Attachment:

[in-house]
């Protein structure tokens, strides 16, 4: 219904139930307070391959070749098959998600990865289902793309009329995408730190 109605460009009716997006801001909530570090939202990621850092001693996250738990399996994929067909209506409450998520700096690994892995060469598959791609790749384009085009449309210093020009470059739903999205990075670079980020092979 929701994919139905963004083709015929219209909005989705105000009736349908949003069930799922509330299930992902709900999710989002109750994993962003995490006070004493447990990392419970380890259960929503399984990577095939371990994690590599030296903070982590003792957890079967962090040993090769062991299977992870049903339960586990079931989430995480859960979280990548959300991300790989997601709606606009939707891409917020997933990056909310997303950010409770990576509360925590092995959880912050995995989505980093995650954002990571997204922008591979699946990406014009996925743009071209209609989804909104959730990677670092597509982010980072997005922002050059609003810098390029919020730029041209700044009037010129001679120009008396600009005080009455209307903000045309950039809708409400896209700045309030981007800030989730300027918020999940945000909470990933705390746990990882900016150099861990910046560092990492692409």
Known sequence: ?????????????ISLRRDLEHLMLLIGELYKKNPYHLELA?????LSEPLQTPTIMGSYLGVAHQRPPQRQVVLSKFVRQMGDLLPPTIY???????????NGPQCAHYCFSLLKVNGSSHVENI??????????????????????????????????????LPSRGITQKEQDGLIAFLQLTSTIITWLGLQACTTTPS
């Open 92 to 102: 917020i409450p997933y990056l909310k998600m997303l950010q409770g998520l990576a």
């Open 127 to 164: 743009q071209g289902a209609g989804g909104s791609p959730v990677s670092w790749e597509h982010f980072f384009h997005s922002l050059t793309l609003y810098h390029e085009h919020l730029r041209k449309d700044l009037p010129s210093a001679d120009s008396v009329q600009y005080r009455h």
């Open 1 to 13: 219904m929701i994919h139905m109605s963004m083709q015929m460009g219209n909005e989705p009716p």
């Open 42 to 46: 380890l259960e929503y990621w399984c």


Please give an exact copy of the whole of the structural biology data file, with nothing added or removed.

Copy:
[in-house]
């Protein structure tokens, strides 16, 4: 219904139930307070391959070749098959998600990865289902793309009329995408730190 109605460009009716997006801001909530570090939202990621850092001693996250738990399996994929067909209506409450998520700096690994892995060469598959791609790749384009085009449309210093020009470059739903999205990075670079980020092979 929701994919139905963004083709015929219209909005989705105000009736349908949003069930799922509330299930992902709900999710989002109750994993962003995490006070004493447990990392419970380890259960929503399984990577095939371990994690590599030296903070982590003792957890079967962090040993090769062991299977992870049903339960586990079931989430995480859960979280990548959300991300790989997601709606606009939707891409917020997933990056909310997303950010409770990576509360925590092995959880912050995995989505980093995650954002990571997204922008591979699946990406014009996925743009071209209609989804909104959730990677670092597509982010980072997005922002050059609003810098390029919020730029041209700044009037010129001679120009008396600009005080009455209307903000045309950039809708409400896209700045309030981007800030989730300027918020999940945000909470990933705390746990990882900016150099861990910046560092990492692409």
Known sequence: ?????????????ISLRRDLEHLMLLIGELYKKNPYHLELA?????LSEPLQTPTIMGSYLGVAHQRPPQRQVVLSKFVRQMGDLLPPTIY???????????NGPQCAHYCFSLLKVNGSSHVENI??????????????????????????????????????LPSRGITQKEQDGLIAFLQLTSTIITWLGLQACTTTPS
């Open 92 to 102: 917020i409450p997933y990056l909310k998600m997303l950010q409770g998520l990576a």
């Open 127 to 164: 743009q071209g289902a209609g989804g909104s791609p959730v990677s670092w790749e597509h982010f980072f384009h997005s922002l050059t793309l609003y810098h390029e085009h919020l730029r041209k449309d700044l009037p010129s210093a001679d120009s008396v009329q600009y005080r009455h």
């Open 1 to 13: 219904m929701i994919h139905m109605s963004m083709q015929m460009g219209n909005e989705p009716p």
């Open 42 to 46: 380890l259960e929503y990621w399984c």